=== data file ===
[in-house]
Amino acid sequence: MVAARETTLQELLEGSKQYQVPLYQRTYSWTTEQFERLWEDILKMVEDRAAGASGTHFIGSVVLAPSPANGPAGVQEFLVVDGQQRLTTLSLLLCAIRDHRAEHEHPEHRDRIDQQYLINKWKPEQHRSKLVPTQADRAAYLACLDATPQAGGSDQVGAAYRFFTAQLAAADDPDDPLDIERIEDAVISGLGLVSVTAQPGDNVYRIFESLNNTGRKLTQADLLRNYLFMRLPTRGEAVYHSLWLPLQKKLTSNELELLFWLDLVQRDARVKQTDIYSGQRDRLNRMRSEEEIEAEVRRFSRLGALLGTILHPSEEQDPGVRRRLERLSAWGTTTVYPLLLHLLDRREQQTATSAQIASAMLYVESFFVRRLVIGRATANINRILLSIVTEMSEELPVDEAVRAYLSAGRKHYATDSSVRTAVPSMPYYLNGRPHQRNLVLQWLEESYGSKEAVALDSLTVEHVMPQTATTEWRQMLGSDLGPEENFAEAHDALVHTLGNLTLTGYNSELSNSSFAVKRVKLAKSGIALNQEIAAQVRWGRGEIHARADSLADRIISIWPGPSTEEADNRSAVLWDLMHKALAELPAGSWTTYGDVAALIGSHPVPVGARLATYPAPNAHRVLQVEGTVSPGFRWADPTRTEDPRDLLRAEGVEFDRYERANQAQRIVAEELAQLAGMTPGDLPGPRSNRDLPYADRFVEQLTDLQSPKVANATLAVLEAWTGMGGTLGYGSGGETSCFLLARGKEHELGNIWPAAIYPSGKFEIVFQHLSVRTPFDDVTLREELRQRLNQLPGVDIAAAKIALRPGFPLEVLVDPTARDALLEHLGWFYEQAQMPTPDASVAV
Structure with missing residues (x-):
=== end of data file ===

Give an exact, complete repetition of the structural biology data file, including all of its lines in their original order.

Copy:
[in-house]
Amino acid sequence: MVAARETTLQELLEGSKQYQVPLYQRTYSWTTEQFERLWEDILKMVEDRAAGASGTHFIGSVVLAPSPANGPAGVQEFLVVDGQQRLTTLSLLLCAIRDHRAEHEHPEHRDRIDQQYLINKWKPEQHRSKLVPTQADRAAYLACLDATPQAGGSDQVGAAYRFFTAQLAAADDPDDPLDIERIEDAVISGLGLVSVTAQPGDNVYRIFESLNNTGRKLTQADLLRNYLFMRLPTRGEAVYHSLWLPLQKKLTSNELELLFWLDLVQRDARVKQTDIYSGQRDRLNRMRSEEEIEAEVRRFSRLGALLGTILHPSEEQDPGVRRRLERLSAWGTTTVYPLLLHLLDRREQQTATSAQIASAMLYVESFFVRRLVIGRATANINRILLSIVTEMSEELPVDEAVRAYLSAGRKHYATDSSVRTAVPSMPYYLNGRPHQRNLVLQWLEESYGSKEAVALDSLTVEHVMPQTATTEWRQMLGSDLGPEENFAEAHDALVHTLGNLTLTGYNSELSNSSFAVKRVKLAKSGIALNQEIAAQVRWGRGEIHARADSLADRIISIWPGPSTEEADNRSAVLWDLMHKALAELPAGSWTTYGDVAALIGSHPVPVGARLATYPAPNAHRVLQVEGTVSPGFRWADPTRTEDPRDLLRAEGVEFDRYERANQAQRIVAEELAQLAGMTPGDLPGPRSNRDLPYADRFVEQLTDLQSPKVANATLAVLEAWTGMGGTLGYGSGGETSCFLLARGKEHELGNIWPAAIYPSGKFEIVFQHLSVRTPFDDVTLREELRQRLNQLPGVDIAAAKIALRPGFPLEVLVDPTARDALLEHLGWFYEQAQMPTPDASVAV
Structure with missing residues (x-):